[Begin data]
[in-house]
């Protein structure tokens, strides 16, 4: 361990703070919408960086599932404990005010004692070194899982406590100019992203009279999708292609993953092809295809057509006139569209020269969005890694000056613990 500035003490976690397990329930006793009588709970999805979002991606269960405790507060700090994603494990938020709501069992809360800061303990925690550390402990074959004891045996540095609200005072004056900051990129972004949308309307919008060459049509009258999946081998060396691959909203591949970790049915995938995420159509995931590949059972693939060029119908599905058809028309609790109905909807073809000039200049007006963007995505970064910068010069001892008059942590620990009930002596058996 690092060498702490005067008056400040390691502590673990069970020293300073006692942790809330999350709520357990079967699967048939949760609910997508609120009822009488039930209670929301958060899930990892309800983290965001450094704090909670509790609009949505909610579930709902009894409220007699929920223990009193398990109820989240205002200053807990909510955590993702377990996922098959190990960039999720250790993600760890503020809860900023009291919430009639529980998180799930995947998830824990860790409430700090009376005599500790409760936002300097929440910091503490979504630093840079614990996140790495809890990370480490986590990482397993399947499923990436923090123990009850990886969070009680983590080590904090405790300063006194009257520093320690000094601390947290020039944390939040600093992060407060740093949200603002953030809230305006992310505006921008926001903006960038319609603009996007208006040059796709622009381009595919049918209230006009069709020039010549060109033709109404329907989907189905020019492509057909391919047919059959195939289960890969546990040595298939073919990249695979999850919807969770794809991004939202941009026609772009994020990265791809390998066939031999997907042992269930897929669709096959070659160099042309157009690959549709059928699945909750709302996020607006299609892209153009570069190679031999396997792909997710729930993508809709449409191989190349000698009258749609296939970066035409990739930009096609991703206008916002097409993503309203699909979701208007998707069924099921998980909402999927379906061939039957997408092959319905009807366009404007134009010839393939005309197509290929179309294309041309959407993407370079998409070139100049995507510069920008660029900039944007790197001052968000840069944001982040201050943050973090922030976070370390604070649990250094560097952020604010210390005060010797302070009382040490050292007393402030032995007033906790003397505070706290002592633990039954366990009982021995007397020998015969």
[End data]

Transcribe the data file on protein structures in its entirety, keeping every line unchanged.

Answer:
[in-house]
């Protein structure tokens, strides 16, 4: 361990703070919408960086599932404990005010004692070194899982406590100019992203009279999708292609993953092809295809057509006139569209020269969005890694000056613990 500035003490976690397990329930006793009588709970999805979002991606269960405790507060700090994603494990938020709501069992809360800061303990925690550390402990074959004891045996540095609200005072004056900051990129972004949308309307919008060459049509009258999946081998060396691959909203591949970790049915995938995420159509995931590949059972693939060029119908599905058809028309609790109905909807073809000039200049007006963007995505970064910068010069001892008059942590620990009930002596058996 690092060498702490005067008056400040390691502590673990069970020293300073006692942790809330999350709520357990079967699967048939949760609910997508609120009822009488039930209670929301958060899930990892309800983290965001450094704090909670509790609009949505909610579930709902009894409220007699929920223990009193398990109820989240205002200053807990909510955590993702377990996922098959190990960039999720250790993600760890503020809860900023009291919430009639529980998180799930995947998830824990860790409430700090009376005599500790409760936002300097929440910091503490979504630093840079614990996140790495809890990370480490986590990482397993399947499923990436923090123990009850990886969070009680983590080590904090405790300063006194009257520093320690000094601390947290020039944390939040600093992060407060740093949200603002953030809230305006992310505006921008926001903006960038319609603009996007208006040059796709622009381009595919049918209230006009069709020039010549060109033709109404329907989907189905020019492509057909391919047919059959195939289960890969546990040595298939073919990249695979999850919807969770794809991004939202941009026609772009994020990265791809390998066939031999997907042992269930897929669709096959070659160099042309157009690959549709059928699945909750709302996020607006299609892209153009570069190679031999396997792909997710729930993508809709449409191989190349000698009258749609296939970066035409990739930009096609991703206008916002097409993503309203699909979701208007998707069924099921998980909402999927379906061939039957997408092959319905009807366009404007134009010839393939005309197509290929179309294309041309959407993407370079998409070139100049995507510069920008660029900039944007790197001052968000840069944001982040201050943050973090922030976070370390604070649990250094560097952020604010210390005060010797302070009382040490050292007393402030032995007033906790003397505070706290002592633990039954366990009982021995007397020998015969």